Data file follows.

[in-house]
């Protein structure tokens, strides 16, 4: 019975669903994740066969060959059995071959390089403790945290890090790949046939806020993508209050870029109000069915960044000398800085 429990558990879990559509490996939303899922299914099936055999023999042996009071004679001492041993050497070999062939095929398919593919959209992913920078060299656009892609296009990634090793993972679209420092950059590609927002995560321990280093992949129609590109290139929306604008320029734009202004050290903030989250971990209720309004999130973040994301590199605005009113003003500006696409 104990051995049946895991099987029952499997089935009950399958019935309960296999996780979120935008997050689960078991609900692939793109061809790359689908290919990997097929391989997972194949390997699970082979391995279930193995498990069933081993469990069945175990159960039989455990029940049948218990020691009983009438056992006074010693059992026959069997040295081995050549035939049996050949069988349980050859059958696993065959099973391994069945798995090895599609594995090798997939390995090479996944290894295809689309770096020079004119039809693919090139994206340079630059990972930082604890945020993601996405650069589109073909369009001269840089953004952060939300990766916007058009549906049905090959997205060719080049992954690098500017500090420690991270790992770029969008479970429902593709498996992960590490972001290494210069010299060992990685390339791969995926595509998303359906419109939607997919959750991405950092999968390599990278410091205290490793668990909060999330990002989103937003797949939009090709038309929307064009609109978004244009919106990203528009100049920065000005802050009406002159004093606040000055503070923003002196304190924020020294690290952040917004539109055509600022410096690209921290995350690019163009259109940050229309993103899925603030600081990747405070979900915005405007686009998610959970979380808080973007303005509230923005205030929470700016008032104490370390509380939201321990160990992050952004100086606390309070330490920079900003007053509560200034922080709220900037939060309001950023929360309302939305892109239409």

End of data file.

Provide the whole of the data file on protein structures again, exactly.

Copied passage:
[in-house]
């Protein structure tokens, strides 16, 4: 019975669903994740066969060959059995071959390089403790945290890090790949046939806020993508209050870029109000069915960044000398800085 429990558990879990559509490996939303899922299914099936055999023999042996009071004679001492041993050497070999062939095929398919593919959209992913920078060299656009892609296009990634090793993972679209420092950059590609927002995560321990280093992949129609590109290139929306604008320029734009202004050290903030989250971990209720309004999130973040994301590199605005009113003003500006696409 104990051995049946895991099987029952499997089935009950399958019935309960296999996780979120935008997050689960078991609900692939793109061809790359689908290919990997097929391989997972194949390997699970082979391995279930193995498990069933081993469990069945175990159960039989455990029940049948218990020691009983009438056992006074010693059992026959069997040295081995050549035939049996050949069988349980050859059958696993065959099973391994069945798995090895599609594995090798997939390995090479996944290894295809689309770096020079004119039809693919090139994206340079630059990972930082604890945020993601996405650069589109073909369009001269840089953004952060939300990766916007058009549906049905090959997205060719080049992954690098500017500090420690991270790992770029969008479970429902593709498996992960590490972001290494210069010299060992990685390339791969995926595509998303359906419109939607997919959750991405950092999968390599990278410091205290490793668990909060999330990002989103937003797949939009090709038309929307064009609109978004244009919106990203528009100049920065000005802050009406002159004093606040000055503070923003002196304190924020020294690290952040917004539109055509600022410096690209921290995350690019163009259109940050229309993103899925603030600081990747405070979900915005405007686009998610959970979380808080973007303005509230923005205030929470700016008032104490370390509380939201321990160990992050952004100086606390309070330490920079900003007053509560200034922080709220900037939060309001950023929360309302939305892109239409």